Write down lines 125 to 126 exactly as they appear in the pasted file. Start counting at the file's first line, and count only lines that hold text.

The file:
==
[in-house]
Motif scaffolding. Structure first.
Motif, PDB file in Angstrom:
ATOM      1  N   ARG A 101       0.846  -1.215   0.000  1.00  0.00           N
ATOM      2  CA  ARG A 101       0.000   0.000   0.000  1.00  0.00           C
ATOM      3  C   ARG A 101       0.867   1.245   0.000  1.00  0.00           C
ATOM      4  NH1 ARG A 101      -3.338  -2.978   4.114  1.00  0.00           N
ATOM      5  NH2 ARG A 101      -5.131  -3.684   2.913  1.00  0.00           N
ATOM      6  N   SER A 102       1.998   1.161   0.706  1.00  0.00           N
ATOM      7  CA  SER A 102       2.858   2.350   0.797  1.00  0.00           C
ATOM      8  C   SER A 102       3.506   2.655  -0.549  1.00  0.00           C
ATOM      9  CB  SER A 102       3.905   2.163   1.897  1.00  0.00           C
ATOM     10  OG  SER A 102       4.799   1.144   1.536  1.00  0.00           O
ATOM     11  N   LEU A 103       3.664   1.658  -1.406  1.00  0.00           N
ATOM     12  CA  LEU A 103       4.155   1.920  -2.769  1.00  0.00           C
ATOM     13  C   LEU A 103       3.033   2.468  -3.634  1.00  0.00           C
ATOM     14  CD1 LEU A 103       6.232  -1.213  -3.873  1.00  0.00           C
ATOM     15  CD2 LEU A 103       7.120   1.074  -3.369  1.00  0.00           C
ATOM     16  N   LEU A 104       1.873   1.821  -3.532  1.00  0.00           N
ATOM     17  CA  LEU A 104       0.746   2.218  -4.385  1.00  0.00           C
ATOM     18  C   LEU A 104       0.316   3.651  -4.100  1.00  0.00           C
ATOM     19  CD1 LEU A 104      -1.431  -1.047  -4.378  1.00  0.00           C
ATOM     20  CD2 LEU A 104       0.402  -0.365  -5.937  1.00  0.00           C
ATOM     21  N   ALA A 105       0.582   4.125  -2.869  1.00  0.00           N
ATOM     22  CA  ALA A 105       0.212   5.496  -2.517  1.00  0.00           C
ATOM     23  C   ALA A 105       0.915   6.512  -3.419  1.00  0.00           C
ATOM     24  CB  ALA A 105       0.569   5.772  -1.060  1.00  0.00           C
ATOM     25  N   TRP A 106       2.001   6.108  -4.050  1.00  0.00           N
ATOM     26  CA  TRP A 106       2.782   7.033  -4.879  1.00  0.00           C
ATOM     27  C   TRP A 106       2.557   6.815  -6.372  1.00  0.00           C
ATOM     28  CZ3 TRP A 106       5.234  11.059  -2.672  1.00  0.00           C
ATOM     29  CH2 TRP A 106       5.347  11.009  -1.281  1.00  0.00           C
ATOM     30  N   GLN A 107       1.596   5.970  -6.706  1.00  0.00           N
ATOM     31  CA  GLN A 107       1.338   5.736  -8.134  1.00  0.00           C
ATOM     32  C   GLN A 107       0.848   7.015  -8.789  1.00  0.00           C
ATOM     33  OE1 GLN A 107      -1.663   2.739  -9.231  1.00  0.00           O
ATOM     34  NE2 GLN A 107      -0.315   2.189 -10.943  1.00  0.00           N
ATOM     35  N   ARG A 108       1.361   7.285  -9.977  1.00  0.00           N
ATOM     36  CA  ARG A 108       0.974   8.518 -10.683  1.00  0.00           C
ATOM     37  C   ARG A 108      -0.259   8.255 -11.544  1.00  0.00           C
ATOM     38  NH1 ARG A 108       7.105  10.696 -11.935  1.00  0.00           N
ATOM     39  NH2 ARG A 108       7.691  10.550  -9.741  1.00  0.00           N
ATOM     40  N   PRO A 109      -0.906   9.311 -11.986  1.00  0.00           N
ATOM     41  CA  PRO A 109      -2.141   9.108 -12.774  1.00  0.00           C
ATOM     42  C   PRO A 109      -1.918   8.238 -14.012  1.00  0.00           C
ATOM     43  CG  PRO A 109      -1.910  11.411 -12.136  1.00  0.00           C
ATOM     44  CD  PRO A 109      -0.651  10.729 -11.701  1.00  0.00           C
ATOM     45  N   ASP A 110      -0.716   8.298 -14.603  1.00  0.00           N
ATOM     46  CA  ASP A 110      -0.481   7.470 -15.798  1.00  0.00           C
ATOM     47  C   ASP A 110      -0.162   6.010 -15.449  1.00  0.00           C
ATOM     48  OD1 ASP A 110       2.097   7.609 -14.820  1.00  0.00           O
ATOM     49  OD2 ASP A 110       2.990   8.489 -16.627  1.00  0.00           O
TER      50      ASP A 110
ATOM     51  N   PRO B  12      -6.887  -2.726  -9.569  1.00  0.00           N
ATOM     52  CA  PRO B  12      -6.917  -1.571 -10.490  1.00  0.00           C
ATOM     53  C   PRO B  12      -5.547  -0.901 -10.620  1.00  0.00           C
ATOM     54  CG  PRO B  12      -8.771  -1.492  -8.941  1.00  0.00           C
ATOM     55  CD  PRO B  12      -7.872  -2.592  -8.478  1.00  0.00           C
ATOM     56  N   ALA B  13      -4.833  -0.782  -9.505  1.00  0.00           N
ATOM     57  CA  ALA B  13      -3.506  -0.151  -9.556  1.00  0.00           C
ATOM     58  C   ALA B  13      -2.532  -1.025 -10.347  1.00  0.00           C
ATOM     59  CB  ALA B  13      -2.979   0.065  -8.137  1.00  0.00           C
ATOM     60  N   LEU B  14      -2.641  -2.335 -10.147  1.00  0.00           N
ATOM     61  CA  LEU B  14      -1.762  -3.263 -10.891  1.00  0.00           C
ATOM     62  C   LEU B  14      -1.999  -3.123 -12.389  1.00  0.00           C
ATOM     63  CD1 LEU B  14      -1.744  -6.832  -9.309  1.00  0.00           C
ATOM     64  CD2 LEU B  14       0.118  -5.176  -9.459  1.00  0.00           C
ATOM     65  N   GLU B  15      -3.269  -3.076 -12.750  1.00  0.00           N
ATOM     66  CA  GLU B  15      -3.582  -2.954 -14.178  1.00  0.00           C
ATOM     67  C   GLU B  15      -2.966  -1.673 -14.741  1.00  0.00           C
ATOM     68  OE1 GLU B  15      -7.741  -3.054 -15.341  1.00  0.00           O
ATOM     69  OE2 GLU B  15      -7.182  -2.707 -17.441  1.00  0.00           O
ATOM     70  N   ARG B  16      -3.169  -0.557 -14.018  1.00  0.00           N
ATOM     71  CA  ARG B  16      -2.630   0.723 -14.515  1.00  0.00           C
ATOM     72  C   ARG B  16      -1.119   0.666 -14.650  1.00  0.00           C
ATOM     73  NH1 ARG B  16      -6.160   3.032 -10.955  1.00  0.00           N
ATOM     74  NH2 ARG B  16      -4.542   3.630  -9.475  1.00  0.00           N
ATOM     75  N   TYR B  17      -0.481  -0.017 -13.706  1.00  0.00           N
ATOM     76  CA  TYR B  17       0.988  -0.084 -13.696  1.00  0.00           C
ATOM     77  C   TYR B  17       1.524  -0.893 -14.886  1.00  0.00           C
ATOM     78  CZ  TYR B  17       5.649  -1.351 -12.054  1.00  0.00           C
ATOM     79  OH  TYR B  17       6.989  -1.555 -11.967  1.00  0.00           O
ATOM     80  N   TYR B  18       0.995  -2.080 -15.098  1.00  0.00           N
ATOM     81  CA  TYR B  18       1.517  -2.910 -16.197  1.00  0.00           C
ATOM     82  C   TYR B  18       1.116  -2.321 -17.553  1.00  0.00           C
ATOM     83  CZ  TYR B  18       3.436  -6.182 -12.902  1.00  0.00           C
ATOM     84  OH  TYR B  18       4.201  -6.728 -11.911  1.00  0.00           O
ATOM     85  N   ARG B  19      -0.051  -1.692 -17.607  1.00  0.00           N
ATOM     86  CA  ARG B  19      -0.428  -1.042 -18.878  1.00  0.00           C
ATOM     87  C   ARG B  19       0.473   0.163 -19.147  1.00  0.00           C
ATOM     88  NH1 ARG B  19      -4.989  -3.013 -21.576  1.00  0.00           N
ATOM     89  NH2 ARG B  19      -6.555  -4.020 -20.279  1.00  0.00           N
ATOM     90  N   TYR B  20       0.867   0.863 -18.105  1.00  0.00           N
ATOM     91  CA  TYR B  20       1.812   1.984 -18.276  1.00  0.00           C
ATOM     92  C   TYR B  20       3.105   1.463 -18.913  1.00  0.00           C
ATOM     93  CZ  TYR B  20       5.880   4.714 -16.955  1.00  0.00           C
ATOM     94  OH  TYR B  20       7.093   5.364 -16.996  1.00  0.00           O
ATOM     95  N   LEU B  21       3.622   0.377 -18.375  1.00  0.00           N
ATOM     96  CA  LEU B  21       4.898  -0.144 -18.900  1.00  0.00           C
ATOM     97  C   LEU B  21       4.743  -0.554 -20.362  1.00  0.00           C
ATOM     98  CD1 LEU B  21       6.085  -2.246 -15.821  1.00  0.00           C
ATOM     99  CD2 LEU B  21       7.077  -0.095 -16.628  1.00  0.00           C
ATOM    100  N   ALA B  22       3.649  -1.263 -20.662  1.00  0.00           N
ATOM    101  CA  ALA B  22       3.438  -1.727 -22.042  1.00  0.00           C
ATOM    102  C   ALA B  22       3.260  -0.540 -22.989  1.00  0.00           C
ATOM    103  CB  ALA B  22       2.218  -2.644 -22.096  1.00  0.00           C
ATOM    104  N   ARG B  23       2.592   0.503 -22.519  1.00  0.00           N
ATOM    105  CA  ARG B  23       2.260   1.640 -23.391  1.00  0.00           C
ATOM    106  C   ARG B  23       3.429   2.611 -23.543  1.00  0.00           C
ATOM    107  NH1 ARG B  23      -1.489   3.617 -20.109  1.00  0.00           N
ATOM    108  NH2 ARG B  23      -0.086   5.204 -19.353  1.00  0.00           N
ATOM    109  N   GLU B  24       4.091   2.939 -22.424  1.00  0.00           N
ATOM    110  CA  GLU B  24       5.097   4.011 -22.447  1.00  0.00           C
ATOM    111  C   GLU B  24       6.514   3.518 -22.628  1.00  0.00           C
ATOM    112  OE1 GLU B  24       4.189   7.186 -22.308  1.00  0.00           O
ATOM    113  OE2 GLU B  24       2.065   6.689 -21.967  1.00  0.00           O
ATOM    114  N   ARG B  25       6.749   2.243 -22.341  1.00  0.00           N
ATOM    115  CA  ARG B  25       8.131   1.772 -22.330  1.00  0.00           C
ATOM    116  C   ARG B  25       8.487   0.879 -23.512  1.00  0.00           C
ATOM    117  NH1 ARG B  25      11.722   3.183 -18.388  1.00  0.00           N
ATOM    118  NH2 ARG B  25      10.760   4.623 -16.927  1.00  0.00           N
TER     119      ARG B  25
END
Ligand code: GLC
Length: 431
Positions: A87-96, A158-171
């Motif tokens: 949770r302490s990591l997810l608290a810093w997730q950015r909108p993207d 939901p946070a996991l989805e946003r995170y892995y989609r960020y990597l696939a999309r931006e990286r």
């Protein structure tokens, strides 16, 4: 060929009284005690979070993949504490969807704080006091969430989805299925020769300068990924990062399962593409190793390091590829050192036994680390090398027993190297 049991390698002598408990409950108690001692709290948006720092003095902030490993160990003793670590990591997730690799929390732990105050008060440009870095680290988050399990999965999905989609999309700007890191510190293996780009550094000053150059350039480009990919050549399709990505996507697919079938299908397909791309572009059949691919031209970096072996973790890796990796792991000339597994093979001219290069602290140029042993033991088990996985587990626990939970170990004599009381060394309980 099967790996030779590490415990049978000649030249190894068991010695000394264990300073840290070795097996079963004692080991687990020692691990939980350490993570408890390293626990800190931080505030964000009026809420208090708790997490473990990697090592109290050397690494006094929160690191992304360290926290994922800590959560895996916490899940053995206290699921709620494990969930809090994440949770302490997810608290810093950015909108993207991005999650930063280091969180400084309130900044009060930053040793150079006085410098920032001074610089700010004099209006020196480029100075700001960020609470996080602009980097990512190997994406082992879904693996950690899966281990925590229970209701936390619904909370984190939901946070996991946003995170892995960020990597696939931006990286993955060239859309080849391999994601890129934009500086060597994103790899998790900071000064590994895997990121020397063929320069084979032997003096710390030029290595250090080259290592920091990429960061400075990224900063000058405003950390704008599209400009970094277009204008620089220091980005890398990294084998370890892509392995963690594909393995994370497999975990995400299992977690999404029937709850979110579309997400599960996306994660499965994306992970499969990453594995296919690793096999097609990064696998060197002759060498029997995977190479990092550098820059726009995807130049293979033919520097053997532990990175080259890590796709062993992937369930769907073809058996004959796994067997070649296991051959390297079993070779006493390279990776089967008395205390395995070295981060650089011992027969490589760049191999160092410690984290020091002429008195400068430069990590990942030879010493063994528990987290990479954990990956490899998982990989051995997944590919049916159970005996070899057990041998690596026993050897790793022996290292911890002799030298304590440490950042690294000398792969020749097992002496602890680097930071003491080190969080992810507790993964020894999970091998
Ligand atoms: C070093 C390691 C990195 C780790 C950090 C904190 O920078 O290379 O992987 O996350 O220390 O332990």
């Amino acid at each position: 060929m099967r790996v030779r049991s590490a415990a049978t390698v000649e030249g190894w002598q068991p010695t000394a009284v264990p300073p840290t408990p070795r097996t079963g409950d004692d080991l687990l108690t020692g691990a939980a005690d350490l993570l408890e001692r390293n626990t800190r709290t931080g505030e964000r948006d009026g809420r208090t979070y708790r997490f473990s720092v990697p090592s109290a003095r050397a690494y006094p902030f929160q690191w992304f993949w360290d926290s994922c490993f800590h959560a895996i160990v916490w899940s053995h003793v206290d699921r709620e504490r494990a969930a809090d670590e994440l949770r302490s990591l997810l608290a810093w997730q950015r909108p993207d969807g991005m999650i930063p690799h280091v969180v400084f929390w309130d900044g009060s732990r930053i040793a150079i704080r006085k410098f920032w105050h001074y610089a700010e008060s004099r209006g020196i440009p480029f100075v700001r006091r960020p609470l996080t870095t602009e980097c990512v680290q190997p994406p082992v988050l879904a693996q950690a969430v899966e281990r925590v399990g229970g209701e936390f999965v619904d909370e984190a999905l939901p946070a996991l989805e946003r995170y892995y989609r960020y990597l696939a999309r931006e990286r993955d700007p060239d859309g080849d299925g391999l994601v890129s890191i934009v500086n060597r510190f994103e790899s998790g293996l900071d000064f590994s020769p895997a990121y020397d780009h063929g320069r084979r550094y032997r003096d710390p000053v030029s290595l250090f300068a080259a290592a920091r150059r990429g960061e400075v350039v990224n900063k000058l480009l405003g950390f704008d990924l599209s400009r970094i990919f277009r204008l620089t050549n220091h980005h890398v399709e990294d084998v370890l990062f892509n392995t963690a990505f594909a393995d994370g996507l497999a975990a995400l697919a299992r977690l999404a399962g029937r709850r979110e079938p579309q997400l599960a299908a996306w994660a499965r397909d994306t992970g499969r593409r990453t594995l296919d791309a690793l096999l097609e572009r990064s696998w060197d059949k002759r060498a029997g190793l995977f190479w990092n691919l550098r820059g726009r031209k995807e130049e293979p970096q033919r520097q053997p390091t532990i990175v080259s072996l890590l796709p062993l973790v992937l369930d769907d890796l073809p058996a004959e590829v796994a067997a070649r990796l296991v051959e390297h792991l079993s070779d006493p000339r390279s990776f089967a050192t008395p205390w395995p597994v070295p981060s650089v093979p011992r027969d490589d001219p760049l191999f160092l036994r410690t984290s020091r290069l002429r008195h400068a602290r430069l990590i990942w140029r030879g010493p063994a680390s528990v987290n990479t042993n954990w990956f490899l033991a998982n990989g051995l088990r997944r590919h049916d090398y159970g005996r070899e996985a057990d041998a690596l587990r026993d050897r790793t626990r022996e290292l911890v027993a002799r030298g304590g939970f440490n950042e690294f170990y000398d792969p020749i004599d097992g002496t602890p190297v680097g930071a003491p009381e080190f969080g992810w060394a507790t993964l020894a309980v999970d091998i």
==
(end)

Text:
Length: 431
Positions: A87-96, A158-171